Es Devlin's Escher-inspired box was another perhaps brilliant idea taken too far: it imposed itself too strongly, leaving the chartacters feeling like marionettes. Maybe that was intentional, I don't know, but either way its physical bulk interrupted the emotional interaction of the singers, which in turn left me feeling disconnected from them. Even though I disagree with the analysis, surely if one does want to interpret the ending as Don Giovannni's isolation it is even more crucial beforehand to build those relationships (such as they are)?

    As with his Eugene Onegin, Kasper Holten's vision is presented as the main star of the evening at the cost of the opera itself. Well, one might argue, fair enough. Perhaps. But to justify that substitution it has to succeed brilliantly, triumphantly. The two elements should feel irresistibly inseparable, like gin and vermouth in a martini. Here, sadly, I have a glass of the director's vermouth and no taste of gin, the whole thing displaced by the set designer's oversized olive.

  35. Ruth Rothenberg responded on 25 February 2014 at 4:16pm Reply

    I felt that with all the overdone and often distracting video projection - though some of it was very effective - the director missed a trick. With the physical impossibility of Don Giovanni grasping the Commendatore's outstretched hand, this was the perfect opportunity to show the crucial defiant gesture in a powerful parallel shadow-world. It could have been a rare moment of raw suspense. And it wasn't taken. I was just left with a feeling of "Why bother?" And that despite some superb singing and characterisation.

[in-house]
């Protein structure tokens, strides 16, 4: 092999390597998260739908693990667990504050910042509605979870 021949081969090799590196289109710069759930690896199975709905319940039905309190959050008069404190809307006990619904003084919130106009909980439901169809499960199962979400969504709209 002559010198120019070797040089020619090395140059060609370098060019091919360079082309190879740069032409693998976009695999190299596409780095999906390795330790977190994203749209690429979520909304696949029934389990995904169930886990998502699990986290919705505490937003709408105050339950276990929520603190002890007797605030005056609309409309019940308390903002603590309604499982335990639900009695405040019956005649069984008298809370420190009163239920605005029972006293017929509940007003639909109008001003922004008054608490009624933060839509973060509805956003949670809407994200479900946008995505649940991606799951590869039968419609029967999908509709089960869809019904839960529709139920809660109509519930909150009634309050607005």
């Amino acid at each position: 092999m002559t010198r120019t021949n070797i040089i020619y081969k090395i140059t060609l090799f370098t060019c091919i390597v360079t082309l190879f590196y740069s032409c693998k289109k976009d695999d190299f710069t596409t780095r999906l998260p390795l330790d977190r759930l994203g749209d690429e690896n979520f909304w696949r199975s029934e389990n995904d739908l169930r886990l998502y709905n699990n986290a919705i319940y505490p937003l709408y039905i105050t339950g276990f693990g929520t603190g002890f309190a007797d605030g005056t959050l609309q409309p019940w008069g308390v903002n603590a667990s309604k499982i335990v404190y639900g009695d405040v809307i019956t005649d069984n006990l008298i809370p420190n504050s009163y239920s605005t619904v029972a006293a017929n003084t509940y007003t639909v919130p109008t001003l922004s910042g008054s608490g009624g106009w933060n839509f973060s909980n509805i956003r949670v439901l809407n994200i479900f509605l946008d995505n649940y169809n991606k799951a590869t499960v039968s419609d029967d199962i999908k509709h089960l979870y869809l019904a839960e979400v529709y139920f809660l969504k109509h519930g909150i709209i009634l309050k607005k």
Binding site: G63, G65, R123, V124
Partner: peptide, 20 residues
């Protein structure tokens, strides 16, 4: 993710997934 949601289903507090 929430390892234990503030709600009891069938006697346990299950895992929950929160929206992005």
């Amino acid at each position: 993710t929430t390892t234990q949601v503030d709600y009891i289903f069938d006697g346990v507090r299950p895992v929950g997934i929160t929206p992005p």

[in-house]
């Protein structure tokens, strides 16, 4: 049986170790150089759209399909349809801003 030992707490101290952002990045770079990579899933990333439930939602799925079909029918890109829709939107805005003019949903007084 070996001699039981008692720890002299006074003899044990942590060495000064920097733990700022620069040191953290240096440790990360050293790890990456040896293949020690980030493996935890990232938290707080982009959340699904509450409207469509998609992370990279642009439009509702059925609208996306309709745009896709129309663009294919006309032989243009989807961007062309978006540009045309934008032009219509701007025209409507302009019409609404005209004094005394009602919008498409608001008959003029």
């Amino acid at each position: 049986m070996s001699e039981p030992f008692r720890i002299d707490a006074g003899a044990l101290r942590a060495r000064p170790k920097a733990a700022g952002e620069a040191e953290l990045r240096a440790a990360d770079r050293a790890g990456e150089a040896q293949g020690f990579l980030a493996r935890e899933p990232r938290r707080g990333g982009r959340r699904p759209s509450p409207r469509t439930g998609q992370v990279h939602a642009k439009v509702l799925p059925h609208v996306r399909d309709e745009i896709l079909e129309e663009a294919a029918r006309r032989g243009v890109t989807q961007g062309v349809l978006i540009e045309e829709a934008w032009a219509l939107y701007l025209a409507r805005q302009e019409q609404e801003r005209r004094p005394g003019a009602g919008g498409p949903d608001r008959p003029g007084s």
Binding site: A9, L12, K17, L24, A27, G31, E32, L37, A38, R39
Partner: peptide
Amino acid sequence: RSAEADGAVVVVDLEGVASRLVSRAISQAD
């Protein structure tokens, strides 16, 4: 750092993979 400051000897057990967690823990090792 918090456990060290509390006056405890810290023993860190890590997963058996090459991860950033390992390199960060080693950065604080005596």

36. Kathleen Berman responded on 27 March 2014 at 9:39pm Reply

    I found all the graphics highly distracting. At times I shut my eyes because it made me dizzy. Why? Why do it? And the women's costumes with the writing or the ink blots? Why? The woman seated next to me thought is was a rorschach test. (I told her no--it was supposed to be art.) The singing/voices and music was excellent. Again, another theater goer mentioned to me Malin Bystrom's mouth and thought that perhaps she had Bell's Palsey. I said I did not know anything about her, but it was distracting also because it pulled up on one side all the time. I am not sure about the end. She had a lovely voice so really no complaints. I think perhaps the hellfire and brimstone is more suitable...the hell of solitude for this evil man is not not enough recompense for his actions.

  37. Stephen Lowe responded on 5 August 2015 at 10:05pm Reply

    Watched the TV recording for a second time and confirmed my great admiration for this staging. What most of the comments here seem not to grasp is the fact that this is a problem opera. I have seen and heard several productions and they just haven't ever worked. Holten quite clearly HAS read the libretto and the score together and has for me interpreted the genius of the combination of Mozart and da Ponte. It's a comedy, but not a comedy buffo and it has numerous twists. Nothing is as it seems. Humans are complex creatures and society manners conceal their complexity. In DG, this comes over even more clearly than in Figaro. The acting of the cast is superb- they have been very well directed for camera. This production allows one to claim that DG has it all- the finest opera ever written and one of the greatest of all artistic achievements. Its genius has been its nemesis, but despite some obvious dramatic problems howeld at by some of the comments so far, there hasn't been a more satisfying production in my experience.